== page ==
Orphaned twice by the time he was a toddler, split from his sister and brothers, abused and hurt while a foster child, never wanted enough to be adopted, Grandpa Mike Flanagan should NOT have learned how to love. Except for Verne and Edna Buckley.
My great grandmother Sarah Kennedy Flanagan has been extremely difficult to research, mainly due to her children being orphaned at a young age, and her children being split up and lost to each other. Yet even the records I have been able to find offer conflicting information. I also have not identified a single other descendant who is actively researching Sarah or Sarah’s line, with whom I could collaborate on this tough woman.
My grand uncle Harry. J. Flanagan is the only sibling of my grandfather’s for whom I cannot confirm parentage. Both of the parents he claims were married to their first spouses at the time of his birth. And he is the only sibling for whom I cannot locate a birth or baptism record.
James Darnley, Sr., a miner, immigrated to the United States in 1865, along with his 7 year old son James Jr. and his 9 year old daughter Jeanette [Janet]. The family arrived at the Port of New York on 16 October 1865, on board the Caledonia (part of the Anchor shipping line), which embarked from Glasgow, Scotland.
Patrick is the only one of my orphaned grandfather’s siblings I ever met. I remember Grandpa crying when Uncle Pat died. Grandpa was crying over the loss of his brother. But, more significantly, Grandpa was heartbroken over the loss of the only biological family member with whom he ever had a real relationship.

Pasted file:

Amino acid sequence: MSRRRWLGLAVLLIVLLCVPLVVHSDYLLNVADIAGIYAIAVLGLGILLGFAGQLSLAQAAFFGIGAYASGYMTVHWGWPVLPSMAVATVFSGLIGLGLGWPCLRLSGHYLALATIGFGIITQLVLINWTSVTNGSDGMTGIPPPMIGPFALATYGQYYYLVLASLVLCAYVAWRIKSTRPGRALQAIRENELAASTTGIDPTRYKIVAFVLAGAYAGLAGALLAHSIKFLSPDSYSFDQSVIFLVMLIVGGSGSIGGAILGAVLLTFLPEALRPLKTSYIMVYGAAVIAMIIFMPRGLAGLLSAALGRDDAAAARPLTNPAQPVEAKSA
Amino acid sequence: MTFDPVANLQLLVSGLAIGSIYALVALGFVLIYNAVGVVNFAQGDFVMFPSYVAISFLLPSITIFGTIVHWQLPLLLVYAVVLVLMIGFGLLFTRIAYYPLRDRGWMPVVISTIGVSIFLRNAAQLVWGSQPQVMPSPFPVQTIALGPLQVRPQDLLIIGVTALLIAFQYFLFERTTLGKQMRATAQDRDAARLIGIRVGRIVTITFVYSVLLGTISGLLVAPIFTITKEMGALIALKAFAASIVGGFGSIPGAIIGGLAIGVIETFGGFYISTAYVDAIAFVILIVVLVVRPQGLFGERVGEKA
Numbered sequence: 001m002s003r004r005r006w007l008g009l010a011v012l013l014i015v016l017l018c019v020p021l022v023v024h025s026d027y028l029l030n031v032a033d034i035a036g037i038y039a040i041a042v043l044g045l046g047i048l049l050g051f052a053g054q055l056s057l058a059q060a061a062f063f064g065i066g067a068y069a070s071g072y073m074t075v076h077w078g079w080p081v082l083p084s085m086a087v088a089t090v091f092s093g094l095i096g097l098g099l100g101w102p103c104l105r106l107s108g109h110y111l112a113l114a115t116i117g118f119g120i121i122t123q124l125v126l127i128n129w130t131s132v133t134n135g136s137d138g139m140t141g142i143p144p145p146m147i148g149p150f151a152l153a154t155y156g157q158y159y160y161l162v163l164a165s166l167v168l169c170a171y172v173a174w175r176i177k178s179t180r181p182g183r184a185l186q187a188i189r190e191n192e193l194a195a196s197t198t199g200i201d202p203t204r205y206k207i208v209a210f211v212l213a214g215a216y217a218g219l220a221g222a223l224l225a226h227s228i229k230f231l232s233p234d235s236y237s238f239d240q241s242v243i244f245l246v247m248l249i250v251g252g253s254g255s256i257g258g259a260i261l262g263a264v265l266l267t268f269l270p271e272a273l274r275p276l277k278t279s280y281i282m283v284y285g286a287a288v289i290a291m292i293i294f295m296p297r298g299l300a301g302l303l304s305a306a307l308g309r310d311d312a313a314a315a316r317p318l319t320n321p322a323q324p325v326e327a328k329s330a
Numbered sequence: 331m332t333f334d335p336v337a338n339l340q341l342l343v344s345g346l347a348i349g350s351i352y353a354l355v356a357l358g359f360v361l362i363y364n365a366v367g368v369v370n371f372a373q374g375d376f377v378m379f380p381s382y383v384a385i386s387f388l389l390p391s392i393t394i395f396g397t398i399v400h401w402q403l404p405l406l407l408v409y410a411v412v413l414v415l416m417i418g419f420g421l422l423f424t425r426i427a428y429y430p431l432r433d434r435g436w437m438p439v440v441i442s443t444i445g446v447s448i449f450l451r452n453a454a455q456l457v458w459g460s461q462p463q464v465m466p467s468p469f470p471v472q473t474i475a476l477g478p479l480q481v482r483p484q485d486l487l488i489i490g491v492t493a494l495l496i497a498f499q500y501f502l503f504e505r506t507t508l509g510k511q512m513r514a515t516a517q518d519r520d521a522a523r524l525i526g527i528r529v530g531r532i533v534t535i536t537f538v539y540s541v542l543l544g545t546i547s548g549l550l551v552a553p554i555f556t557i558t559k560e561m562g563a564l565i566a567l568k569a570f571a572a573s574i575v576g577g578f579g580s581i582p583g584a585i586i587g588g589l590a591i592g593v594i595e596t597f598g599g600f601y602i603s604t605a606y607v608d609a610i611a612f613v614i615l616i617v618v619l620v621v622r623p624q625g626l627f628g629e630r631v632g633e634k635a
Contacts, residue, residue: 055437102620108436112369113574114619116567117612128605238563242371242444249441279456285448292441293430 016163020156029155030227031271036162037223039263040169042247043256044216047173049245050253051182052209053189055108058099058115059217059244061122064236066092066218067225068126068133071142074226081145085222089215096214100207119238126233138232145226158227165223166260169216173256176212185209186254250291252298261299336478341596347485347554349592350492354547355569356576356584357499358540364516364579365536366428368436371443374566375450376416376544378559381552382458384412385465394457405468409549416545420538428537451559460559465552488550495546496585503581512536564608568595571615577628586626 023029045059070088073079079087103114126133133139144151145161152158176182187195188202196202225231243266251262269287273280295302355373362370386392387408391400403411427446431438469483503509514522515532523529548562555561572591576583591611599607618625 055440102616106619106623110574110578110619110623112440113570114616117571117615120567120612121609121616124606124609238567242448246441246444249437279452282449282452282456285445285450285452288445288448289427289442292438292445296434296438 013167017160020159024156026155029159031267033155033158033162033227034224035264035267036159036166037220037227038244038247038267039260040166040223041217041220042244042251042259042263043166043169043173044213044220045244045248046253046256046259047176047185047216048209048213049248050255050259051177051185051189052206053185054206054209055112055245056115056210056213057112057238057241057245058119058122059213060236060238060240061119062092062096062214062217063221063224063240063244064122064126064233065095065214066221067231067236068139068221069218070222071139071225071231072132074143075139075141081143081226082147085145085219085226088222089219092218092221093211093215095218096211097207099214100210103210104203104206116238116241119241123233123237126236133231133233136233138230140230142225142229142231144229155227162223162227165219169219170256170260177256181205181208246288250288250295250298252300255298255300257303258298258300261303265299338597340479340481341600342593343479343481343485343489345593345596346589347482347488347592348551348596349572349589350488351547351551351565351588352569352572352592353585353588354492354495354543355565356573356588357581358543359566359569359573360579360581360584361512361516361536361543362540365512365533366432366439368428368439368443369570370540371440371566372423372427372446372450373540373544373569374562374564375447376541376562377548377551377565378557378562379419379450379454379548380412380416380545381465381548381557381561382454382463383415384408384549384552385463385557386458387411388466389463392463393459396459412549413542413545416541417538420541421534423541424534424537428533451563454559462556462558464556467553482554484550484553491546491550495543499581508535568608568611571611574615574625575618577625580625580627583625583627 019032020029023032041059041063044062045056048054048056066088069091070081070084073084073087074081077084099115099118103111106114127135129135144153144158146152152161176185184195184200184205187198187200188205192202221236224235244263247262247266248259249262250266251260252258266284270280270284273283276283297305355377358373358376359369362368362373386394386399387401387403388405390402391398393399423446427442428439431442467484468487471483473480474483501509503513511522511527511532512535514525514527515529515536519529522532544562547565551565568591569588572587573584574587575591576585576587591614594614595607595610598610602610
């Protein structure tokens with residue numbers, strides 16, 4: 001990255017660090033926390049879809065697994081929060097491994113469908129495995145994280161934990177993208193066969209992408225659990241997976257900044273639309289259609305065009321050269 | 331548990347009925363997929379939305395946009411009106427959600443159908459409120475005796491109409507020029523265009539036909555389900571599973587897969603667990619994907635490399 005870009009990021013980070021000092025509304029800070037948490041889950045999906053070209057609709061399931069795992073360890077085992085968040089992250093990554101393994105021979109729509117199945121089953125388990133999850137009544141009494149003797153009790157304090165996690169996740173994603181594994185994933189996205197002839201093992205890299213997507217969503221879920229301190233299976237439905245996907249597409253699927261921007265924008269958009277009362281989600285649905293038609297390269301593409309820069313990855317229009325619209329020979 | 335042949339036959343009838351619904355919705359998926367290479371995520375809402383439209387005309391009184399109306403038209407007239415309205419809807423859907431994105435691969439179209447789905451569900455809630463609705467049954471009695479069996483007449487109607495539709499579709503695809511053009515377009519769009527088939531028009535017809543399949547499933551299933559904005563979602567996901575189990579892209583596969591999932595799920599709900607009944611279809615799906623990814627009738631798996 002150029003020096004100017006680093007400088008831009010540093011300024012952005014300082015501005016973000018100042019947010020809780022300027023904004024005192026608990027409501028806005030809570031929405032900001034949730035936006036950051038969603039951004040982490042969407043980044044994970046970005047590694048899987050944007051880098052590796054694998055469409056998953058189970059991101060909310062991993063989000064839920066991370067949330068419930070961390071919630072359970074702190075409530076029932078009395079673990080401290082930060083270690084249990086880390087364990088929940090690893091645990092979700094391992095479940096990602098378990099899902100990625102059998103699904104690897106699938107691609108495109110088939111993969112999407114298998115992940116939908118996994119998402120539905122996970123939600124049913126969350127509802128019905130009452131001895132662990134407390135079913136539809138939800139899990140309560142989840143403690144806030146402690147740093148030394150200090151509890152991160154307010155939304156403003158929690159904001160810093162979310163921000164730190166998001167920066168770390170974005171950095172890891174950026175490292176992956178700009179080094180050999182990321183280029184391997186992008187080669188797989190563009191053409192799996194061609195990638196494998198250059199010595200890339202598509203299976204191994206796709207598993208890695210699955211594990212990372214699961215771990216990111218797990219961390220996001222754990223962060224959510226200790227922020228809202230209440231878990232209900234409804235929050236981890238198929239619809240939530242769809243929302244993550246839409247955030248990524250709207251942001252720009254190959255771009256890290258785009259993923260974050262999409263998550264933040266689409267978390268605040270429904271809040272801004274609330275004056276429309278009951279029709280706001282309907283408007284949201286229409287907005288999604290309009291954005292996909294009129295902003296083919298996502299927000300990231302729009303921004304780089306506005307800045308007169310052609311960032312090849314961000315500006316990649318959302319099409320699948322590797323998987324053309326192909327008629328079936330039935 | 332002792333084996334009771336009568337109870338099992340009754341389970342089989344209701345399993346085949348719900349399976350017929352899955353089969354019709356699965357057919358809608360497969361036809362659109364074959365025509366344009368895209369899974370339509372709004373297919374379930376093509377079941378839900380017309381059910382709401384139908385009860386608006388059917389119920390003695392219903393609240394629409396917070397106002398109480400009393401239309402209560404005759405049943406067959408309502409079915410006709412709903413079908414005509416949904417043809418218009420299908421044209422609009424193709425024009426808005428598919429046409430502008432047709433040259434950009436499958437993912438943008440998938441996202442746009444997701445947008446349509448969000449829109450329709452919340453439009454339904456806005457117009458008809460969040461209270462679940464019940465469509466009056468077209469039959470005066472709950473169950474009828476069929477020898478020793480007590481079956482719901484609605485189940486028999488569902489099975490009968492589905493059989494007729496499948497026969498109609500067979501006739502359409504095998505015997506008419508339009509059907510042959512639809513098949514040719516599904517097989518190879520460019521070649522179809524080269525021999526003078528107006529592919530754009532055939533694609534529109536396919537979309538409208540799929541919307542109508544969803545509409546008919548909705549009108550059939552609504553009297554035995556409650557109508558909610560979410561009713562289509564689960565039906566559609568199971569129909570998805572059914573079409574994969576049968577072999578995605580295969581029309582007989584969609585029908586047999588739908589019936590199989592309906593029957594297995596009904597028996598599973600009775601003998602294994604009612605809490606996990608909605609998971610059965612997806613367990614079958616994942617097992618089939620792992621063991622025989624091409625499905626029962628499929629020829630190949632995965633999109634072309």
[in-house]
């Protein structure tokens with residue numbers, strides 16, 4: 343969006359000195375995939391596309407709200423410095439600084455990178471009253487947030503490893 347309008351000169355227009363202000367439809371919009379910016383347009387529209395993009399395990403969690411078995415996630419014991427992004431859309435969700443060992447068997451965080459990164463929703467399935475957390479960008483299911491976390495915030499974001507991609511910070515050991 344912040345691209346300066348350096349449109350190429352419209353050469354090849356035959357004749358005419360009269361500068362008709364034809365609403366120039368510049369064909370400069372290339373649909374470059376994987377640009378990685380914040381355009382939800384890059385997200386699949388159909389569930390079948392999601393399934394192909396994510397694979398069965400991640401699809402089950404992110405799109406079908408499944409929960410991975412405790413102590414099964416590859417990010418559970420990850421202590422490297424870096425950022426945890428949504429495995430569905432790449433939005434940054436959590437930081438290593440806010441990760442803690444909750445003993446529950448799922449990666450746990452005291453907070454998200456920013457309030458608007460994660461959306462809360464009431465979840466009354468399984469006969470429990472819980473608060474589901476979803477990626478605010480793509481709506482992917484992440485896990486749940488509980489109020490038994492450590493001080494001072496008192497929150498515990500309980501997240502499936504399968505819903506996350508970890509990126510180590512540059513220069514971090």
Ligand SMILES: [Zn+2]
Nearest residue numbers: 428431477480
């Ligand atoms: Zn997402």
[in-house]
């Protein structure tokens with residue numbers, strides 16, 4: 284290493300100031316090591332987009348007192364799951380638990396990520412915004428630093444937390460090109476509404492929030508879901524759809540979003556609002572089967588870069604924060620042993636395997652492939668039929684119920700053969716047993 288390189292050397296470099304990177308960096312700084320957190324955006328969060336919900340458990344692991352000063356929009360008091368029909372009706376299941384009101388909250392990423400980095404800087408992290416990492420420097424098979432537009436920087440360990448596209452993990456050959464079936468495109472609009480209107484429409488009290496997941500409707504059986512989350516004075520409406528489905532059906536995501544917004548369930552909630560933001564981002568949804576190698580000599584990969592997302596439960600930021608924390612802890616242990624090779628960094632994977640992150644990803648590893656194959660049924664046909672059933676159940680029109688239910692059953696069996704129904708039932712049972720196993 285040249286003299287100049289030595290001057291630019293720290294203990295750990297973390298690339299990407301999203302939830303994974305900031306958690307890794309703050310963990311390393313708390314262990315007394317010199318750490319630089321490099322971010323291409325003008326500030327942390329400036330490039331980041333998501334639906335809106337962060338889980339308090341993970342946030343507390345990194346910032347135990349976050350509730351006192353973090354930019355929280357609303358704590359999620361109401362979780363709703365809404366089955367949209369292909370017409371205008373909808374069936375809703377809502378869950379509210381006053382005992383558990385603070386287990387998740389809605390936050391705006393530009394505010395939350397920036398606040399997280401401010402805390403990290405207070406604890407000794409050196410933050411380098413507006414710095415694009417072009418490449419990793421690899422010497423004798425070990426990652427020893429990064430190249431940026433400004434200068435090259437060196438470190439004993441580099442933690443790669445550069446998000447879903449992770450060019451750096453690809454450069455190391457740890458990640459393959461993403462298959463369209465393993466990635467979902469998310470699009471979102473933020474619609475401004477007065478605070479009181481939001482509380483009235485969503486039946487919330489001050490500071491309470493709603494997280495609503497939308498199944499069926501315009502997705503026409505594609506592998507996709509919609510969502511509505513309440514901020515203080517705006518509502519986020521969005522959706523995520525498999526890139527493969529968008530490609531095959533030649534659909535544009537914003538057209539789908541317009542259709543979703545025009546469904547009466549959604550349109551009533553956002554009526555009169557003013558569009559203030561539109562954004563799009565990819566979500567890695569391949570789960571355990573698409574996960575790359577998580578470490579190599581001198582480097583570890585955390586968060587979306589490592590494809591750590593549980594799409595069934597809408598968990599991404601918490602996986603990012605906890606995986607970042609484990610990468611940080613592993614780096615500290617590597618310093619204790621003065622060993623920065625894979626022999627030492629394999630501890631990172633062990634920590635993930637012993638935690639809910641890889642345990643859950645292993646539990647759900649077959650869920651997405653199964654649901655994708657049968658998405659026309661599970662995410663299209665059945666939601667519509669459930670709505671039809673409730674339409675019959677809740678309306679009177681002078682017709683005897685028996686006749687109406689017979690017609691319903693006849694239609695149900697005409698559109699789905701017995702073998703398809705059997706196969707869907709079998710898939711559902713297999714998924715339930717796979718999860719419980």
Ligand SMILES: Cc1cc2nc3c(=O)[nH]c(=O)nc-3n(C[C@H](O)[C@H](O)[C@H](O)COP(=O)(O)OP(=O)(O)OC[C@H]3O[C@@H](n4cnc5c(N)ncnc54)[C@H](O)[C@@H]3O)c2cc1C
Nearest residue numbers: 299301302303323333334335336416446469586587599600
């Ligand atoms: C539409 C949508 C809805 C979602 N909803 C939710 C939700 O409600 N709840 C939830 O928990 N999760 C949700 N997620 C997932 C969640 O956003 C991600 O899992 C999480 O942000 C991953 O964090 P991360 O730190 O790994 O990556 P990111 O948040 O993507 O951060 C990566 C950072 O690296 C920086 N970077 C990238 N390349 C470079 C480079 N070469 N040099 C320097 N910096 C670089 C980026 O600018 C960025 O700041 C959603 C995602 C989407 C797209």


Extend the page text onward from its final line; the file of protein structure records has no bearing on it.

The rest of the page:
My 24th entry in Amy Johnson Crow’s “52 Ancestors in 52 Weeks” family history blogging challenge. The challenge: have one blog post each week devoted to a specific ancestor. It could be a story, a biography, a photograph, an outline of a research problem — anything that focuses on one ancestor. My 24th ancestor is […]
The story Mom says Grandpa always told his kids is that he had to get his priest to sign and vouch (lying) that Grandpa, the orphan, was 18 years old, not 17 years old. Who knows if a priest would be willing to lie and do this — it’s possible, if the priest felt this was Grandpa’s best opportunity to get good job skills and make a career and life for himself. Particularly since he had such a rough life as a foster child.